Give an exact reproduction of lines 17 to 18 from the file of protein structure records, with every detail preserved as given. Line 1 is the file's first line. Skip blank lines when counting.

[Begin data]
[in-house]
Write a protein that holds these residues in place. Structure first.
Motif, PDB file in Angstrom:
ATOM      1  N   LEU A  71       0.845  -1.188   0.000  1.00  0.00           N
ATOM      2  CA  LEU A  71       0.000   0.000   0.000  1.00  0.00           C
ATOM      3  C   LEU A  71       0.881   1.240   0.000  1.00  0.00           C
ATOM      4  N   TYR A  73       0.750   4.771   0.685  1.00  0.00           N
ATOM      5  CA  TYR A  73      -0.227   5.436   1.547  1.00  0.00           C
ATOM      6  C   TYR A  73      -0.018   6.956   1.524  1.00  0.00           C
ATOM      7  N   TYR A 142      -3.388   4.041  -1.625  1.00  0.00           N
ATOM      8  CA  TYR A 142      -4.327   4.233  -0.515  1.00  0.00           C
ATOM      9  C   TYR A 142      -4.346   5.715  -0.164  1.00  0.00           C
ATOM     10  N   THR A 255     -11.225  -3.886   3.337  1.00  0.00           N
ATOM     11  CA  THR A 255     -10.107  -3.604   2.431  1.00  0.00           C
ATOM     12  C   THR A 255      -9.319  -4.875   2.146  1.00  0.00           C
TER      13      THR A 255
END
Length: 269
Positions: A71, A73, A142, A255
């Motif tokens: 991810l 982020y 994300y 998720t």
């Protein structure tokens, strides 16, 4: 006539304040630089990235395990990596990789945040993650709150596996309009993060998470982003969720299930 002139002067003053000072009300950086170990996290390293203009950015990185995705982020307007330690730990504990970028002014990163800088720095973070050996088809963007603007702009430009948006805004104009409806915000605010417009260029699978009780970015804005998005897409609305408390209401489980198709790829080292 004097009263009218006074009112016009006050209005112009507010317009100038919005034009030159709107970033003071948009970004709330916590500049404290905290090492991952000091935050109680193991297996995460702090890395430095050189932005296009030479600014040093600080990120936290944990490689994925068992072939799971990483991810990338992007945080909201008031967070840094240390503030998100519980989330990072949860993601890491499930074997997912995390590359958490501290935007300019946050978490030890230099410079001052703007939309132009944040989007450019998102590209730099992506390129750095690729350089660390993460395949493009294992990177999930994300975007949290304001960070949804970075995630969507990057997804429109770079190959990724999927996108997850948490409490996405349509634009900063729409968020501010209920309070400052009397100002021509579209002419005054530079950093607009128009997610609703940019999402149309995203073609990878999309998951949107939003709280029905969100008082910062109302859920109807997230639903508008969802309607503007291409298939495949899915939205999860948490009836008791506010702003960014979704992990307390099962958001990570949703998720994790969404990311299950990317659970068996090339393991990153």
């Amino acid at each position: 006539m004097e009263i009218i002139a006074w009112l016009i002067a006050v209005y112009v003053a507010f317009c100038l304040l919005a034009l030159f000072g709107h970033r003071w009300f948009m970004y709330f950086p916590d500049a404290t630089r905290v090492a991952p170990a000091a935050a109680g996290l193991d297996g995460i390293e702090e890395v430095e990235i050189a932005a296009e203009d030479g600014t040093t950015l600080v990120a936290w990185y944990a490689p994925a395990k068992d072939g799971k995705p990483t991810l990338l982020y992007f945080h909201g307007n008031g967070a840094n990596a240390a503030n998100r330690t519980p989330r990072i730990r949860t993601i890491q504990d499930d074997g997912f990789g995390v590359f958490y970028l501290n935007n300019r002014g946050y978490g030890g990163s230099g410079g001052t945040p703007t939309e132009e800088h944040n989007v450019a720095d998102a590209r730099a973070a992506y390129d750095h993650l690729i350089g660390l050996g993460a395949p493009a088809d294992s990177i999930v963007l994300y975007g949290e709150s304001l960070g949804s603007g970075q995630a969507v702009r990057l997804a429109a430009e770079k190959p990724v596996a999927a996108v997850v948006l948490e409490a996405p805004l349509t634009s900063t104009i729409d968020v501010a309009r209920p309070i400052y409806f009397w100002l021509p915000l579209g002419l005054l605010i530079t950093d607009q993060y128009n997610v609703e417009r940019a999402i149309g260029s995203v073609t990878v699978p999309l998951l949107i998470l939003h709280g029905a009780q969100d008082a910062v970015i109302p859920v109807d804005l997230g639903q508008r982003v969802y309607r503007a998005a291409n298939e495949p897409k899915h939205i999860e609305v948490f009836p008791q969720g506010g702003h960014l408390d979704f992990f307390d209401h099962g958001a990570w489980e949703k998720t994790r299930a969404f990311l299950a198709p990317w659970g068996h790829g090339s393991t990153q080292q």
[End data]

END
Length: 269